Silver is a precious metal that has played an important role in the discovery and expansion of our beautiful country, even before the famous Comstock Lode was founded in the mid-1800s.
Its characteristic glossy sheen has made silver a popular choice for use in coins, jewelry, tableware, and other items, but there are also some interesting lesser-known uses for silver that add to its appeal as a commodity.
No. Unlike gold, which is most often found in its native form, finding native silver is actually very rare.
Instead, silver is most often found as a component of other minerals, as a natural alloy, or as a trace metal found in the ore of other metals. Today, the majority of silver produced in the world is a byproduct of mining other types of ore, such as copper, lead, and zinc.
Mining is the process of extracting minerals (including precious metals like silver) from the Earth. Both open-pit and underground mining methods are used to extract silver-bearing ore from the ground, after which the silver must be separated from the ore by a process called smelting.
Smelting refers to heating the mined ore beyond its melting point to draw out the silver within. The process usually involves something called a “reducing agent” (one example is coke) to essentially break down the ore and facilitate the extraction process. After smelting, the silver is purified through a process called electrorefining.
Curious about the difference between fine silver, sterling silver, and silver-plated items? Check out our blog, What Are the Different Types of Silver?
Yes. Historically, silver has been discovered as far east as Massachusetts and New York and as far west as California, but the majority of silver currently mined in the U.S. comes from Alaska, Nevada, and Idaho.
Still, American silver output pales in comparison to countries like Mexico, Poland, and Bolivia, where some of the largest silver mines in existence are located.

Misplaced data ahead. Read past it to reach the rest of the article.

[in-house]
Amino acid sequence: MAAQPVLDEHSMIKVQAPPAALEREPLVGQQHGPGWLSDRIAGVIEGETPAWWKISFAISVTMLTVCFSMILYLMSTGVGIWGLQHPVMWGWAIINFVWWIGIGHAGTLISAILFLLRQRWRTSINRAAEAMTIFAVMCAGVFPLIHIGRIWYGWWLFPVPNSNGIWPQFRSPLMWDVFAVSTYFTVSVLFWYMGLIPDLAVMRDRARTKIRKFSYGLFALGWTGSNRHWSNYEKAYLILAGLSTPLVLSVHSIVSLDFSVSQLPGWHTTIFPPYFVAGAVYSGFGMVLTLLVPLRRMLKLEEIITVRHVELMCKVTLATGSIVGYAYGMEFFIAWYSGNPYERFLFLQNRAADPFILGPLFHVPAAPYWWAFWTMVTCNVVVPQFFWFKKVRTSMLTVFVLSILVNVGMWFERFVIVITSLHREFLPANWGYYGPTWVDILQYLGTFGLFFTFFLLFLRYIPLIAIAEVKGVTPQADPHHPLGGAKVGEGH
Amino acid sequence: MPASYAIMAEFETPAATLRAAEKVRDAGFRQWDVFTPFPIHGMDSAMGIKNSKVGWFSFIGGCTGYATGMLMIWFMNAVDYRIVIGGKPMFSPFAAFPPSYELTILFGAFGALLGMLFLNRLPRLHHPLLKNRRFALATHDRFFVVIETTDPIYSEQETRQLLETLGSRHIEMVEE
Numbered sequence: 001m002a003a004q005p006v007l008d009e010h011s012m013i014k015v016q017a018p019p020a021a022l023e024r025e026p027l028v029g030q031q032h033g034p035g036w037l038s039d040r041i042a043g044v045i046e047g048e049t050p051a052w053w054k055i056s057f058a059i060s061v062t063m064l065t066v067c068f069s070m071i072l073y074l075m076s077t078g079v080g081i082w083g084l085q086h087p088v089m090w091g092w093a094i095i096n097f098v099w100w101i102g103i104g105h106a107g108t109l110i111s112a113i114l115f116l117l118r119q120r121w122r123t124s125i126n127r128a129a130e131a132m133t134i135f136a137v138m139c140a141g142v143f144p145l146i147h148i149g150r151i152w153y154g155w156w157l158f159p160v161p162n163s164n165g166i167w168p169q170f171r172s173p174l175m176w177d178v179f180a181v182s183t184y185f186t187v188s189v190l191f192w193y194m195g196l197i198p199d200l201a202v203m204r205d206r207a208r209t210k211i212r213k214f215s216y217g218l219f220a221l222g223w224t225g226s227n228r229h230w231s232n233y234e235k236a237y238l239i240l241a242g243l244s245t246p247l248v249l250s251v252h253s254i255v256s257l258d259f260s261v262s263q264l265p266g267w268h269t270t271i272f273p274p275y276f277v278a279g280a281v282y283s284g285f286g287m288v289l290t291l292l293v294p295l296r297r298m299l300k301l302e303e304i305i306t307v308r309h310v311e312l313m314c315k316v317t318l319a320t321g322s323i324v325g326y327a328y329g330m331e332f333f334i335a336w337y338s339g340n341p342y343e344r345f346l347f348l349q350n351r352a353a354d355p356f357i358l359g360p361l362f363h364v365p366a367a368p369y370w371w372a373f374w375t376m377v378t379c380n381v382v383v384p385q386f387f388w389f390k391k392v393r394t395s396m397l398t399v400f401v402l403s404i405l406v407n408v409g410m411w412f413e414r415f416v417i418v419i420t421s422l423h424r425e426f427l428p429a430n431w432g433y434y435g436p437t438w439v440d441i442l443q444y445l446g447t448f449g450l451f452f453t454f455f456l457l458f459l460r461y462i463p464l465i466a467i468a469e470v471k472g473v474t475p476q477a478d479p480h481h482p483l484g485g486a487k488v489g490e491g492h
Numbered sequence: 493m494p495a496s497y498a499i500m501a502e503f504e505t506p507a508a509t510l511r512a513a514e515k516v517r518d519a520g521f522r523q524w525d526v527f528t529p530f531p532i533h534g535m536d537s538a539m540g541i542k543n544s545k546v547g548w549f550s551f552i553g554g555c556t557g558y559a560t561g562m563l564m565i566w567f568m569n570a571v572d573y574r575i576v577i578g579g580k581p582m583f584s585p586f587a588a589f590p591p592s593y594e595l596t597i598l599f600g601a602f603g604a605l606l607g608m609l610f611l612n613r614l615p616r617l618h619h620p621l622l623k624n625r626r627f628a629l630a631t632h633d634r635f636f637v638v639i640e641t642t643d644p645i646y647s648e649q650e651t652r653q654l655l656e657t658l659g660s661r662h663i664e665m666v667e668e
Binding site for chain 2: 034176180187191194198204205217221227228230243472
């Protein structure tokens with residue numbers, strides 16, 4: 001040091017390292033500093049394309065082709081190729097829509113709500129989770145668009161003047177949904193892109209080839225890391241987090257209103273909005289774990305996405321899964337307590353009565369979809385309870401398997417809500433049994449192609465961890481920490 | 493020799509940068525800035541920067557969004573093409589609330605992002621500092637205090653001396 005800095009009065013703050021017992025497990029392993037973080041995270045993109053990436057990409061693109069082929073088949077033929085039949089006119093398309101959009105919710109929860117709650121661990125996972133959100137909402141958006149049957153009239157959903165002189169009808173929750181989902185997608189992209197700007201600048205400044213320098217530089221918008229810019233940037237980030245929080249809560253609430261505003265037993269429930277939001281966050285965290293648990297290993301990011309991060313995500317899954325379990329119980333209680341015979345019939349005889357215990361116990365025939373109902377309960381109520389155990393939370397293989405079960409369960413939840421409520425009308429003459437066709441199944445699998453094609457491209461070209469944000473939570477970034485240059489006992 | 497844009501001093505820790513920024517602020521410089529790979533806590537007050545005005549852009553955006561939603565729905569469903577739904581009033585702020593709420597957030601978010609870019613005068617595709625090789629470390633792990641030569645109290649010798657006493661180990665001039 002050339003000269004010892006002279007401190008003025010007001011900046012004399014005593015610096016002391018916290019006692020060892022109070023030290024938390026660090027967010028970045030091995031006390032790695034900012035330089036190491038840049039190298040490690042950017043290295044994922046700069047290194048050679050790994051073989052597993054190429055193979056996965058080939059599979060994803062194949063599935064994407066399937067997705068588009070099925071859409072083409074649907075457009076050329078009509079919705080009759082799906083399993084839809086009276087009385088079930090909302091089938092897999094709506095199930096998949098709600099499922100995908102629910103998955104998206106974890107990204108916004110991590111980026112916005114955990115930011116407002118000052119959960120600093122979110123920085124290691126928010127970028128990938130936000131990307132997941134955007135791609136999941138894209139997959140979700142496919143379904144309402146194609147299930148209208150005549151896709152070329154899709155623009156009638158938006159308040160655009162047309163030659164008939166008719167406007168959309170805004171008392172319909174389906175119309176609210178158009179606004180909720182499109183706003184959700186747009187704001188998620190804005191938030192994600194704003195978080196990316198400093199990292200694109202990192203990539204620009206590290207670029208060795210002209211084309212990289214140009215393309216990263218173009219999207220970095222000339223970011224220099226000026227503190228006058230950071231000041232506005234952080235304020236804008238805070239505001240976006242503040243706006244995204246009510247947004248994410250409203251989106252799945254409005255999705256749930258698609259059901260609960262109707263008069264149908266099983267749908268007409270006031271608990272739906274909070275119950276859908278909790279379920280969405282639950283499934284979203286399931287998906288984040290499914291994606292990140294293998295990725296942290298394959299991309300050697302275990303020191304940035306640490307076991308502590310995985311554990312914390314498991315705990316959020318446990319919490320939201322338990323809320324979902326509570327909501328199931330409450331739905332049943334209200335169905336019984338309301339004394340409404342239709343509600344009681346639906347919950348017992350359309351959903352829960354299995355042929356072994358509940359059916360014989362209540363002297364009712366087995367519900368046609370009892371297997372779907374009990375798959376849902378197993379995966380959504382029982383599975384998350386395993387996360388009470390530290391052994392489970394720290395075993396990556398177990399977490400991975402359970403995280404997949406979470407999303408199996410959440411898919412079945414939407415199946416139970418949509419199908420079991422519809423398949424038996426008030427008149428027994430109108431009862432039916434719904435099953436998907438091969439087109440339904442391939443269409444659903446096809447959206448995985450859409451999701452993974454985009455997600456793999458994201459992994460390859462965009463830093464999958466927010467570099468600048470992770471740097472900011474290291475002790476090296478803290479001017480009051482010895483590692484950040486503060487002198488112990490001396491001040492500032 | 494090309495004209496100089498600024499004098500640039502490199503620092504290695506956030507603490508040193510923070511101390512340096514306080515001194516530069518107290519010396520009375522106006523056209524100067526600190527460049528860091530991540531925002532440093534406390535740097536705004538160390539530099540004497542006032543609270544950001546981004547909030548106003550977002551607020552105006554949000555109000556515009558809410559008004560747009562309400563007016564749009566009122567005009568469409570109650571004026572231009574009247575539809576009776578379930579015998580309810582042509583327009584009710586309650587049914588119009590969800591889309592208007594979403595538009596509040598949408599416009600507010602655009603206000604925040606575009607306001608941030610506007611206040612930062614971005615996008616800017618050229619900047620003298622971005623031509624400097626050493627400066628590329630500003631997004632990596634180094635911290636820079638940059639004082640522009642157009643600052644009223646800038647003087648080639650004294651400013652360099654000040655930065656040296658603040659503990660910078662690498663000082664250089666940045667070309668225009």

Like gold and platinum, silver is measured in troy ounces (abbreviated ozt, oz t, or t oz), which are heavier than standard ounces. The troy weight system dates back to the Roman Empire and is used to ensure the value of silver, gold, and platinum remains consistent over time.
The term used to describe the current market value of silver is called the spot price. As of this writing, the spot price of silver is $18.13 per troy ounce. If you are wondering about the value of your silver items, one of the best ways to find out is to have them appraised by a trusted jewelry buyer.
Here at Southwest Jewelry Buyers, we recognize the value of your unwanted silver pieces, and we offer top prices for your silver jewelry, coins, and more. Whether you’re a retail establishment or an individual seller, we are committed to paying our clients the highest prices anywhere in the valley. We even take broken or damaged jewelry!
When you visit Southwest Jewelry Buyers, you can be assured of an honest and ethical evaluation. In addition to paying the best prices for your silver pieces, our priority is to provide a simple and stress-free transaction that is always 100% confidential. Once our jewelry appraisal specialists have evaluated your precious metals, you can receive instant payment.
Contact us now for a free quote on your silver jewelry, coins, bars, medals, tokens, and other items. Not sure if we’ll take something? Give us a call at 480.773.8004.